The base mixture is made primarily out of synthetic gelatin.
It must rest in a traditional heirloom mold within in a specialized proofer
very similar to an electric wine cellar.
It must rest there for at least 24 hours at a controlled temperature
between forty-eight and fifty-five degrees F.
The mold will set at lower temperatures,
but everyone knows you never refrigerate a fresh tomato.
There is a lot of debate about texture:
trace amounts of pumice, ground carbon material, powdered fiber, etc.
It makes up about one percent of the total base,
but that one percent makes all the difference.
It's the difference between having a ball of snotty gelatin,
or an exquisitely firm and juicy dome,
the way any good tomato should be.
What do I add? It's a family secret.
When pulled from the proofer the tomato is milky gray.
It is a large, soft, semi-translucent and irregularly shaped pearl.
After this , it comes down to two crucial injections:
One for flavor and one for pigment.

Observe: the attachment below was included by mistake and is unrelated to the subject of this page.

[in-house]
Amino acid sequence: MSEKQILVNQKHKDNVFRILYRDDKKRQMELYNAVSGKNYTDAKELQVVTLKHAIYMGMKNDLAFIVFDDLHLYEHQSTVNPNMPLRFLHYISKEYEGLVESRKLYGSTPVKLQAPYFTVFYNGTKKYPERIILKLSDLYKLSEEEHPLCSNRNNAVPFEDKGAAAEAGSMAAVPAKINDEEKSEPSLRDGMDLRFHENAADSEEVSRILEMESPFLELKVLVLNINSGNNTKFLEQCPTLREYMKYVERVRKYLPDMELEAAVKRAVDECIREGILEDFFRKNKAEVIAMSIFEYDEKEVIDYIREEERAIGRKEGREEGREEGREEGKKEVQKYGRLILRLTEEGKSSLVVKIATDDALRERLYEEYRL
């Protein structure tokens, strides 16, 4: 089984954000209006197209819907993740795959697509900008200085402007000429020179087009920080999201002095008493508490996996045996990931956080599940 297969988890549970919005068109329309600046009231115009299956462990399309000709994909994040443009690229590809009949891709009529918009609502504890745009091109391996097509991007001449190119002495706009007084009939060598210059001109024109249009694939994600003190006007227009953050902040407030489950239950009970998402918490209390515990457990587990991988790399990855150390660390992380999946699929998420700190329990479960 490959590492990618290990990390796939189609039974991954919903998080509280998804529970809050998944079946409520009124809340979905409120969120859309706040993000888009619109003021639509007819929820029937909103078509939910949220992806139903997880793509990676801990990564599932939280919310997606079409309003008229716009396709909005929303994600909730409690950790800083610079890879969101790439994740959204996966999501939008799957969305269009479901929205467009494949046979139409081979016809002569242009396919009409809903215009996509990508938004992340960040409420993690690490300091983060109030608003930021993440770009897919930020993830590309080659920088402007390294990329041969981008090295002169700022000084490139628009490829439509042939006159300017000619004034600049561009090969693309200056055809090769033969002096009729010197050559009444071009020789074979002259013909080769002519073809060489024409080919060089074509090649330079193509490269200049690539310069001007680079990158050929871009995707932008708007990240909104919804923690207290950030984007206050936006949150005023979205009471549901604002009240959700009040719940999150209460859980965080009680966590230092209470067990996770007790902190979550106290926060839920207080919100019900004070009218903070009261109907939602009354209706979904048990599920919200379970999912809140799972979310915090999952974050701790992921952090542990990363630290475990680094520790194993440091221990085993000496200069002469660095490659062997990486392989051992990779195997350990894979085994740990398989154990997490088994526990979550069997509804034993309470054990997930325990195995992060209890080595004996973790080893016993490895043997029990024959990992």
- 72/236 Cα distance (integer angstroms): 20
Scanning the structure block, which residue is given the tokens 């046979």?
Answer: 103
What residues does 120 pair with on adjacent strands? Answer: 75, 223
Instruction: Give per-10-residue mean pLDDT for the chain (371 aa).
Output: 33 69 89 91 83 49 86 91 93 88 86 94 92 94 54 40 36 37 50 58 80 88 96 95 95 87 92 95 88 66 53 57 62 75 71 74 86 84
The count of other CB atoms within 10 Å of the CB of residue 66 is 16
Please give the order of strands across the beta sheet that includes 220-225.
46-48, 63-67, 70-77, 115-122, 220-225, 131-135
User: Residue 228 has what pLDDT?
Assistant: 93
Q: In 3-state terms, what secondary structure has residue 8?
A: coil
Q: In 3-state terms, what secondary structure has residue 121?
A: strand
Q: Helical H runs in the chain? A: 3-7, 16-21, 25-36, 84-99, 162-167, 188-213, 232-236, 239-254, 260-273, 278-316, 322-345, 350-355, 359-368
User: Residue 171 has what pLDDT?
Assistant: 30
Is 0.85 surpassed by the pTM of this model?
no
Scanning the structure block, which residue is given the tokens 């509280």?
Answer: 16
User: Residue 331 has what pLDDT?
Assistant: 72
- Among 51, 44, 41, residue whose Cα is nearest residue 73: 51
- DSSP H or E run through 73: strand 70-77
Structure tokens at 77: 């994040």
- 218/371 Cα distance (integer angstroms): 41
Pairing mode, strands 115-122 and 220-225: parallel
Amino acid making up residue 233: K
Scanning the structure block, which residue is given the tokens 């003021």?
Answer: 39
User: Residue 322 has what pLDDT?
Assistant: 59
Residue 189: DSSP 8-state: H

Always add the flavor first, because when it comes down to it,
flavor is more important.
It is important to know your proportions,
unless you want a tomato with insides like chopped liver,
or more appropriately, chopped liver product.
The amount depends upon your own tastes.
My tastes in fractions are broadly:
one half sweet, one fourth acidic, one eighth savory,
one sixteenth salty, and one sixteenth astringent.
A perfectly juicy and flavorful tomato
Pigment is slightly less important, but only slightly.
I prefer a bold, but natural pigment:
one half candy apple red, one eighth canary yellow,
one eighth vermillion, one sixteenth royal purple,
and one sixteenth moss green.
A beautiful, bright, natural looking globe.
The last step in making a raw tomato is the skin.
Many people will leave the skin out
because they don't think it is necessary to the eating experience.
But I prefer a true and full tomato, skin and all.
The skin is a small sheet of semi translucent cellulose.
When it is new it shines like a plate of glass,
but crackles like a sheet of cellophane.
Gently, yet firmly wrap the sheet around
the flavored and colored globe
and twist the sheet together as if you were wrapping candy.
Using a small blow torch heat all ends of the tomato
until the creases in the cellulose even out
and the sheet adheres to the gelatin globe.
The heat will also make the sheet lose its crackle
and become stretchy.
Finally, put the tomato back in the proofer
and let it settle for at least an hour.
There you have it, a perfectly fresh and raw tomato.
You can use it for delicious pico de gallo,
or a fresh and zippy bruschetta.
A lot of my friends say I should just buy store tomatoes,
but I still prefer them homemade.
Aaron C. Molden